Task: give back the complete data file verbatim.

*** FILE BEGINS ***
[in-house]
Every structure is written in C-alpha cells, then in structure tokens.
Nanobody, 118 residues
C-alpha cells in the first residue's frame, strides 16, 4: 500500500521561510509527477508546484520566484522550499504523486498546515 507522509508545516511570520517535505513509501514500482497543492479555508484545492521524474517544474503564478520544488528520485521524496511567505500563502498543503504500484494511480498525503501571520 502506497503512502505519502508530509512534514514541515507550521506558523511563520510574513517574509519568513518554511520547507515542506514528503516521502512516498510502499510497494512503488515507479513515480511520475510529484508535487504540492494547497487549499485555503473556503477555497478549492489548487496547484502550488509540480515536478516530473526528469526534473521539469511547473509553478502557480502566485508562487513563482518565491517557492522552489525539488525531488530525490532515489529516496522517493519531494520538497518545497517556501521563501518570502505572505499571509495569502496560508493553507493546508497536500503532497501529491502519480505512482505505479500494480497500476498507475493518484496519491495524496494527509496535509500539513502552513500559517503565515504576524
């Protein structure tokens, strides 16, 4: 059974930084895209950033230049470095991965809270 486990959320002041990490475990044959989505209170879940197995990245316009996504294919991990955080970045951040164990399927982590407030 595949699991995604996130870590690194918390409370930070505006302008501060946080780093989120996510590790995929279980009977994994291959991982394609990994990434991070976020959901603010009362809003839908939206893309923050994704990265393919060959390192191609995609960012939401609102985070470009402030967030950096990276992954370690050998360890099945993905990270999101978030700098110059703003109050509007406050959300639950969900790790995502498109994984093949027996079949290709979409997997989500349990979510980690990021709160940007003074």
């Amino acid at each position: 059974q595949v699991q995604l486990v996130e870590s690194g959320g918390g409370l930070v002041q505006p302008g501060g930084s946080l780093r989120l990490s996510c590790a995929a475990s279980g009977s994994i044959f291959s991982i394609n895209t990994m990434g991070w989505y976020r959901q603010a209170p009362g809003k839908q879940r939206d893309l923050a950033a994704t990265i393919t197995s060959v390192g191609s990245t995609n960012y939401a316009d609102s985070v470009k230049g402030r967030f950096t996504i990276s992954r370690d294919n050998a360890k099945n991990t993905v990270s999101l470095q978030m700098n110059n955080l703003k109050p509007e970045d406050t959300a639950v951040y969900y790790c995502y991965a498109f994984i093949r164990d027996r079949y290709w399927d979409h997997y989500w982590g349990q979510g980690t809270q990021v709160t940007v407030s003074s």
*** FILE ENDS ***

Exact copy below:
[in-house]
Every structure is written in C-alpha cells, then in structure tokens.
Nanobody, 118 residues
C-alpha cells in the first residue's frame, strides 16, 4: 500500500521561510509527477508546484520566484522550499504523486498546515 507522509508545516511570520517535505513509501514500482497543492479555508484545492521524474517544474503564478520544488528520485521524496511567505500563502498543503504500484494511480498525503501571520 502506497503512502505519502508530509512534514514541515507550521506558523511563520510574513517574509519568513518554511520547507515542506514528503516521502512516498510502499510497494512503488515507479513515480511520475510529484508535487504540492494547497487549499485555503473556503477555497478549492489548487496547484502550488509540480515536478516530473526528469526534473521539469511547473509553478502557480502566485508562487513563482518565491517557492522552489525539488525531488530525490532515489529516496522517493519531494520538497518545497517556501521563501518570502505572505499571509495569502496560508493553507493546508497536500503532497501529491502519480505512482505505479500494480497500476498507475493518484496519491495524496494527509496535509500539513502552513500559517503565515504576524
């Protein structure tokens, strides 16, 4: 059974930084895209950033230049470095991965809270 486990959320002041990490475990044959989505209170879940197995990245316009996504294919991990955080970045951040164990399927982590407030 595949699991995604996130870590690194918390409370930070505006302008501060946080780093989120996510590790995929279980009977994994291959991982394609990994990434991070976020959901603010009362809003839908939206893309923050994704990265393919060959390192191609995609960012939401609102985070470009402030967030950096990276992954370690050998360890099945993905990270999101978030700098110059703003109050509007406050959300639950969900790790995502498109994984093949027996079949290709979409997997989500349990979510980690990021709160940007003074």
């Amino acid at each position: 059974q595949v699991q995604l486990v996130e870590s690194g959320g918390g409370l930070v002041q505006p302008g501060g930084s946080l780093r989120l990490s996510c590790a995929a475990s279980g009977s994994i044959f291959s991982i394609n895209t990994m990434g991070w989505y976020r959901q603010a209170p009362g809003k839908q879940r939206d893309l923050a950033a994704t990265i393919t197995s060959v390192g191609s990245t995609n960012y939401a316009d609102s985070v470009k230049g402030r967030f950096t996504i990276s992954r370690d294919n050998a360890k099945n991990t993905v990270s999101l470095q978030m700098n110059n955080l703003k109050p509007e970045d406050t959300a639950v951040y969900y790790c995502y991965a498109f994984i093949r164990d027996r079949y290709w399927d979409h997997y989500w982590g349990q979510g980690t809270q990021v709160t940007v407030s003074s």